Type Trends: Monospace

If you’ll allow me to get a little meta for a moment; There’s been a popular call for this series to go into a bit more depth, so I’m splitting the next few editions or so into two parts—just to see how it goes. Each half will concentrate on the theory, and then practice of a given topic. I’m realizing that such a move may spell the end of type trends as a regular gig, but I’m okay with that. It’s better that a series be pointed and great and come to a controlled stop, rather than uninspiredly droning on, or publicly running out of gas. Anyway, I thought I’d warn you. I could cover phenomena I call ‘trends’ forever, but at some point the content would start to feel a bit forced. Little chance of that happening though, I’ve got at least four more good ideas and I know how to stop when it’s time.

Now on to monospaced fonts. The keyboard you sit up to at work has a layout taken directly from the typewriter, whose letters, out of practical necessity were hammered into the page at a fixed interval. Each character therefore was designed to function within the same space as any other character. Under these constraints, M and W appeared too narrow; I took up too much space, etc.. Type foundries were soon to jump on board, offering typefaces that could be hand set to mimic typewriter output. (I happen to have a small type case of this at home.)

The above images are from ATF’s 1912 catalog, perusable online at archive.org. I can imagine these types were useful for setting keyboarding textbooks, or, as the above pitch explains, for personalized impersonal correspondence. FontShop has a pile of typewriter faces to choose from, Frederic Goudy’s Remington Typewriter being a favorite.

Just a quick note—though complete monospaced typefaces didn’t come about until after the invention of the typewriter, the concept of monospaced type or lettering did exist. For example, tabular figures were fit to a common width. Such was also the case with many interchangeable numbering and labeling systems. I was surprised to learn in my research that the Greeks sometimes composed their inscriptions in a gridded fashion not unlike monospaced type.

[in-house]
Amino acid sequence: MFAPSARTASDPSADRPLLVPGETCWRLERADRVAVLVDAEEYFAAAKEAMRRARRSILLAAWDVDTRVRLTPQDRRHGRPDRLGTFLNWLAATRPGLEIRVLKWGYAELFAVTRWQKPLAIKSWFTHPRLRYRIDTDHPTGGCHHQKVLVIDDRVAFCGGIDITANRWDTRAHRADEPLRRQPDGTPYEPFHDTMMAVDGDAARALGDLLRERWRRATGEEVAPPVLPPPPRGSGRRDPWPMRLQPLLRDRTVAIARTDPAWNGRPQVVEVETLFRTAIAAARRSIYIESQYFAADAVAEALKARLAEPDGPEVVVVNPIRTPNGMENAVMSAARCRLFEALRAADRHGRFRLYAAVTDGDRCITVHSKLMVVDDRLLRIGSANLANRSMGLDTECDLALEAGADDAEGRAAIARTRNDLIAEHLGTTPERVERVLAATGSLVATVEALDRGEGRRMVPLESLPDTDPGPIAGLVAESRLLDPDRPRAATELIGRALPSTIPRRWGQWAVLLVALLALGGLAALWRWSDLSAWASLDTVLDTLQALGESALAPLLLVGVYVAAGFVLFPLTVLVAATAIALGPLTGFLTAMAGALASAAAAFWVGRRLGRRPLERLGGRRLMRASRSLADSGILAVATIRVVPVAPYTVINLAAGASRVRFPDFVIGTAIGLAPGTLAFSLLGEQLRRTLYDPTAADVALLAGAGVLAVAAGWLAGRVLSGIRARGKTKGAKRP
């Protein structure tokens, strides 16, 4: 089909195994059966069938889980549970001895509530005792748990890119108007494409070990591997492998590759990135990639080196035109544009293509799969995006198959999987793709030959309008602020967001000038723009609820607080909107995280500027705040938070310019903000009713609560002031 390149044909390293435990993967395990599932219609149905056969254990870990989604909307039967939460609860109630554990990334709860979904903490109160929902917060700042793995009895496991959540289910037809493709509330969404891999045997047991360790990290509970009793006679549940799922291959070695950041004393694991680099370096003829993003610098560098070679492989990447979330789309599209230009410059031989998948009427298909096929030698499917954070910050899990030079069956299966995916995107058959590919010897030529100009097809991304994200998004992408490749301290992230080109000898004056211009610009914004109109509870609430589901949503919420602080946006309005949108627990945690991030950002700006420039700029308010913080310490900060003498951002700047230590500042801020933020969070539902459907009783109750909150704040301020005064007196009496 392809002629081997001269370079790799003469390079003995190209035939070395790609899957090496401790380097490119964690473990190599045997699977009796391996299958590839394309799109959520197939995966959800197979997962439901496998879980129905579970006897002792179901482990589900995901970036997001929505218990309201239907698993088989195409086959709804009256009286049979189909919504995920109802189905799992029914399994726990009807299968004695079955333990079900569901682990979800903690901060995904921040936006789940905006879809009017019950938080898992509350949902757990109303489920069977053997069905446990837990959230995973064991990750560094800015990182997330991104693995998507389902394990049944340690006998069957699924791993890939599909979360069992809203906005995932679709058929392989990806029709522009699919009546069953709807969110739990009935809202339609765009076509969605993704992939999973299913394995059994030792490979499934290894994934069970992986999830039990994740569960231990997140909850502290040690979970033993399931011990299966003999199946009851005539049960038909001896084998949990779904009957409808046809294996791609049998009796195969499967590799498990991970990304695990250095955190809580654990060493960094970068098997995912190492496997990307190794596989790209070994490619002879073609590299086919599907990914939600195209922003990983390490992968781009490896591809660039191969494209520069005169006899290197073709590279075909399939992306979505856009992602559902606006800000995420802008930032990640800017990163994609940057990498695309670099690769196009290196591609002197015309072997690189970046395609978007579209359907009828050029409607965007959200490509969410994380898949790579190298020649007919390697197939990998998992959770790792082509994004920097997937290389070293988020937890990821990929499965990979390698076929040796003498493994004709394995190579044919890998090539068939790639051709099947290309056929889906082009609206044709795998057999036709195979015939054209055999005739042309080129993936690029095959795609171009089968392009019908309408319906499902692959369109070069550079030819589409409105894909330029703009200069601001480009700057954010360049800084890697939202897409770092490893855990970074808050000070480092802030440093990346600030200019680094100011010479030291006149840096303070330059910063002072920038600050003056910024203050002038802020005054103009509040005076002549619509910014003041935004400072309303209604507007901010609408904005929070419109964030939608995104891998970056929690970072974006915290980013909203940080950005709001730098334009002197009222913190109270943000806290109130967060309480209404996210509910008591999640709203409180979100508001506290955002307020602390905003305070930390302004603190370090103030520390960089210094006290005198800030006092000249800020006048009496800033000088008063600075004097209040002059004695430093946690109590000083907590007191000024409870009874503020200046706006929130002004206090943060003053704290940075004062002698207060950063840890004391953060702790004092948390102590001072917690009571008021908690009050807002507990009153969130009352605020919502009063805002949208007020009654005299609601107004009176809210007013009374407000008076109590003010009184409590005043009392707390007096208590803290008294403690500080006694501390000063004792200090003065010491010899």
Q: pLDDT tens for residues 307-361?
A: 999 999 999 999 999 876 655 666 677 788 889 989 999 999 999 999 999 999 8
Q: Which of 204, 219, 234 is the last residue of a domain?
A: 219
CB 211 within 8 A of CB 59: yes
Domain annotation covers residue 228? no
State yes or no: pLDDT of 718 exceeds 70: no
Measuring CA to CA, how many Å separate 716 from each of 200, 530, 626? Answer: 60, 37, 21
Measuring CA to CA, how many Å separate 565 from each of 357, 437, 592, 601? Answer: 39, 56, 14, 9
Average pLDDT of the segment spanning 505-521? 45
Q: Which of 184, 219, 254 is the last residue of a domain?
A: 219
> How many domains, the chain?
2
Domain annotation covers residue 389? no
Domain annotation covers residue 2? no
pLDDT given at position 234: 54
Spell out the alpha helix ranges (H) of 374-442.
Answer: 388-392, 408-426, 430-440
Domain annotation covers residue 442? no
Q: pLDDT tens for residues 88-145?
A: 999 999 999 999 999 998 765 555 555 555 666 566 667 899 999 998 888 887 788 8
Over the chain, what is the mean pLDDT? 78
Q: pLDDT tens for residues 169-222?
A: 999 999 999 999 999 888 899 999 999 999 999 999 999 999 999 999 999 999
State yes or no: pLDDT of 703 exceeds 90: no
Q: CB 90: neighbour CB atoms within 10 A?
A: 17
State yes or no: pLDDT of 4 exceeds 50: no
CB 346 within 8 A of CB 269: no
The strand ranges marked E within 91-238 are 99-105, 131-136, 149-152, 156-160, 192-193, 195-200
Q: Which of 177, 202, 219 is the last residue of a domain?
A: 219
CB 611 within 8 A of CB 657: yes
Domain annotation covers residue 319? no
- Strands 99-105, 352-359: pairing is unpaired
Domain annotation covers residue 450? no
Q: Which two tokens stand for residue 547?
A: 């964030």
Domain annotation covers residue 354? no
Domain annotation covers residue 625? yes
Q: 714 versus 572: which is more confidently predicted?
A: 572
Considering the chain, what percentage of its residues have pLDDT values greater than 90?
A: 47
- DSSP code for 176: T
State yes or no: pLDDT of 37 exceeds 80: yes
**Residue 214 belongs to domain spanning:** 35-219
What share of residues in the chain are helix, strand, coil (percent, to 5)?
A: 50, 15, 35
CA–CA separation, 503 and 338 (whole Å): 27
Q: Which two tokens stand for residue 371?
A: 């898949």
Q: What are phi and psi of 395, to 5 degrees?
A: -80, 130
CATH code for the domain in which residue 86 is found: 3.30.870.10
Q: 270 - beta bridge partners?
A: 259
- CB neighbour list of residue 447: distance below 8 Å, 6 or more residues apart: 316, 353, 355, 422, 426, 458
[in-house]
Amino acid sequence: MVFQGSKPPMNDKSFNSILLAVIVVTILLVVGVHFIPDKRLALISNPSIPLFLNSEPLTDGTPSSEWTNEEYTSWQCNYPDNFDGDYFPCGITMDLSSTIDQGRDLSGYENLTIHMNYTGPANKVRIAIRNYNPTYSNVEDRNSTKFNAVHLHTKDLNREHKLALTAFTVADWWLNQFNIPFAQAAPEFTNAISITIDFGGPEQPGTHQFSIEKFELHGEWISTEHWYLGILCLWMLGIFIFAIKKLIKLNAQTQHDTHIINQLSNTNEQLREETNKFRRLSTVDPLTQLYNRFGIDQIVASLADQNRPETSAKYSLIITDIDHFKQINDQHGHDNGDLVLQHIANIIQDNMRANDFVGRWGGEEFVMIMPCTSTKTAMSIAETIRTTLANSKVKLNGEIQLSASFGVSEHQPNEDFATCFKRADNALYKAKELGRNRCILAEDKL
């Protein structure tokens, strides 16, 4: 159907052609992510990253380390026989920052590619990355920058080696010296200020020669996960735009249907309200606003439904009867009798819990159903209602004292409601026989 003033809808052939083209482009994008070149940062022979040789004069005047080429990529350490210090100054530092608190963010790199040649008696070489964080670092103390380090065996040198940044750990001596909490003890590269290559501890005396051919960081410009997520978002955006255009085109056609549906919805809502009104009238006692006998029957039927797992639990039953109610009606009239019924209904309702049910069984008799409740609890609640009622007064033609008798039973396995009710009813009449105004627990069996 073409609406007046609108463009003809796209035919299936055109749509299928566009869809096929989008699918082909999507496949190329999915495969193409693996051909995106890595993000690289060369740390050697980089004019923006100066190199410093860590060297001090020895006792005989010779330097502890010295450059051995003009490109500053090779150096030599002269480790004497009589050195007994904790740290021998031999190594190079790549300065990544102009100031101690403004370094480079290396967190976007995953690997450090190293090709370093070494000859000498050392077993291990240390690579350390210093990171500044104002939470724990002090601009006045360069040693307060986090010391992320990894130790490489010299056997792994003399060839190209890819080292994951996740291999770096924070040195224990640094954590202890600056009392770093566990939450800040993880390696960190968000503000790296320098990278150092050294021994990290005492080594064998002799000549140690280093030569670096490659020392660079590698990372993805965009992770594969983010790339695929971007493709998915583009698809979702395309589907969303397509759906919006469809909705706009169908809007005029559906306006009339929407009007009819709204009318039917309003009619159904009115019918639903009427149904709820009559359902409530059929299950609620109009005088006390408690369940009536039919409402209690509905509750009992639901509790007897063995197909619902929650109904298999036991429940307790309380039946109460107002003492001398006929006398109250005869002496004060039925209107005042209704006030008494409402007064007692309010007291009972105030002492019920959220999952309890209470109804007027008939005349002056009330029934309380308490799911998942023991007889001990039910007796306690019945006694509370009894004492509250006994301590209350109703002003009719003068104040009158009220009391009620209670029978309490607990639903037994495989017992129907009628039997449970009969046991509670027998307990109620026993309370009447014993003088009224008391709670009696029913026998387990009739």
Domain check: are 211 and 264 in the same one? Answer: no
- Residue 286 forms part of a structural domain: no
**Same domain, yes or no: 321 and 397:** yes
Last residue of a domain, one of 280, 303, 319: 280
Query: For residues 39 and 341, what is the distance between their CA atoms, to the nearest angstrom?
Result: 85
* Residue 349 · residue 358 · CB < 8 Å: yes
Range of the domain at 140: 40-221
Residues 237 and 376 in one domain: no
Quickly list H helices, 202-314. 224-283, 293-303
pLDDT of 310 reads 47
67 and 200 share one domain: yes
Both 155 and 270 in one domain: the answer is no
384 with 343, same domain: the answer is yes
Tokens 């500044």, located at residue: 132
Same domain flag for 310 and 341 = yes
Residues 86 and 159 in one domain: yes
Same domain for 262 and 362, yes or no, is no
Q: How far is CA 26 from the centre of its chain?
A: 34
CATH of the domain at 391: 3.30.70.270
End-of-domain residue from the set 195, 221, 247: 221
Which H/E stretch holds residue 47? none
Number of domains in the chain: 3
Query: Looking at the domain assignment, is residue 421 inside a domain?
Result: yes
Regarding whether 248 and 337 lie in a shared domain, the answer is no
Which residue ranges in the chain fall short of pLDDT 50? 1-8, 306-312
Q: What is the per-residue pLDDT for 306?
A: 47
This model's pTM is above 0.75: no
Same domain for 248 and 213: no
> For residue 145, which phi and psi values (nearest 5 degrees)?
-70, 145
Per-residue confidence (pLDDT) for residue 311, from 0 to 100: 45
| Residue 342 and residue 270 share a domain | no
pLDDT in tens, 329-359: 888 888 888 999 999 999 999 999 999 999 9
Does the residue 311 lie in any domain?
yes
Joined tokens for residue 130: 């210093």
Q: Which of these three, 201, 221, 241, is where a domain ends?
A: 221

Obviously character-based languages often exhibit fixed spacing. (All Korean fonts are monospaced.)

Moving ahead to early computers, engineers—this time to conserve precious memory and computing power—kept similar constraints, resulting in all the first typefaces for screen, and computer line printers being monospaced. In 1984 the Macintosh introduced proportionally-spaced bitmap fonts, on screen and in print, though it kept Monaco around for tasks where monospaced fonts were best suited. Since that time, it seems like monospaced fonts have either been created primarily for use on screen, or for reproducing type used for the same purpose, in print. The exceptions are expansions of popular type families, (Univers Typewriter, Helvetica Monospaced, etc.), faces drawn to demonstrate some novel concept, (FF Trixie) or what I call documentary types, one-off faithful revivals of individual out-of-production faces.

Univers Typewriter

Helvetica Monospaced

Erik van Blokland’s FF Trixie

After some time, new typefaces began to expand their families to include monospaced variants, like Luc de Groot’s TheSans Mono, above. It’s at this point where things begin to change for monospaced type. Pick it up here next week.

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